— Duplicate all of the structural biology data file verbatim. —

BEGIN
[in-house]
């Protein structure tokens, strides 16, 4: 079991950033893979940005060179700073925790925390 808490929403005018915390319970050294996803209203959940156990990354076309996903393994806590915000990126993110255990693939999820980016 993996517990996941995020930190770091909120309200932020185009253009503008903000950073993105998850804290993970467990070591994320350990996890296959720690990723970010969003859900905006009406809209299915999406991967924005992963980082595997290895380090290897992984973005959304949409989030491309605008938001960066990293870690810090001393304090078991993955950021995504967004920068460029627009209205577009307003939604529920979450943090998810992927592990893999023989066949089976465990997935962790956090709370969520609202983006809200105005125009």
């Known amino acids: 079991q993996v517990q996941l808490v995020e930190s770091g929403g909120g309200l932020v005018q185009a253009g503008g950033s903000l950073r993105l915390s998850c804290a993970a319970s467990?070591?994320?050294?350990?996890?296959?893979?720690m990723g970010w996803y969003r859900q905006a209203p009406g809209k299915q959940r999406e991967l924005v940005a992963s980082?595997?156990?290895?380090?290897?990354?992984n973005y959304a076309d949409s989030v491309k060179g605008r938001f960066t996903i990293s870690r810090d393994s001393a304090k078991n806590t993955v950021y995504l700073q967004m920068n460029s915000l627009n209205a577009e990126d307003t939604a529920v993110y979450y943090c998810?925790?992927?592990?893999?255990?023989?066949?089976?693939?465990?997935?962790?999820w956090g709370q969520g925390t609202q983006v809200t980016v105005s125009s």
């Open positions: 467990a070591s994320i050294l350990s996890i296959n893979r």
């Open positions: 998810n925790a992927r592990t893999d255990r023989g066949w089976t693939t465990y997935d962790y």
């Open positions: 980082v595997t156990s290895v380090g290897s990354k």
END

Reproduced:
[in-house]
């Protein structure tokens, strides 16, 4: 079991950033893979940005060179700073925790925390 808490929403005018915390319970050294996803209203959940156990990354076309996903393994806590915000990126993110255990693939999820980016 993996517990996941995020930190770091909120309200932020185009253009503008903000950073993105998850804290993970467990070591994320350990996890296959720690990723970010969003859900905006009406809209299915999406991967924005992963980082595997290895380090290897992984973005959304949409989030491309605008938001960066990293870690810090001393304090078991993955950021995504967004920068460029627009209205577009307003939604529920979450943090998810992927592990893999023989066949089976465990997935962790956090709370969520609202983006809200105005125009």
């Known amino acids: 079991q993996v517990q996941l808490v995020e930190s770091g929403g909120g309200l932020v005018q185009a253009g503008g950033s903000l950073r993105l915390s998850c804290a993970a319970s467990?070591?994320?050294?350990?996890?296959?893979?720690m990723g970010w996803y969003r859900q905006a209203p009406g809209k299915q959940r999406e991967l924005v940005a992963s980082?595997?156990?290895?380090?290897?990354?992984n973005y959304a076309d949409s989030v491309k060179g605008r938001f960066t996903i990293s870690r810090d393994s001393a304090k078991n806590t993955v950021y995504l700073q967004m920068n460029s915000l627009n209205a577009e990126d307003t939604a529920v993110y979450y943090c998810?925790?992927?592990?893999?255990?023989?066949?089976?693939?465990?997935?962790?999820w956090g709370q969520g925390t609202q983006v809200t980016v105005s125009s």
């Open positions: 467990a070591s994320i050294l350990s996890i296959n893979r």
């Open positions: 998810n925790a992927r592990t893999d255990r023989g066949w089976t693939t465990y997935d962790y």
């Open positions: 980082v595997t156990s290895v380090g290897s990354k």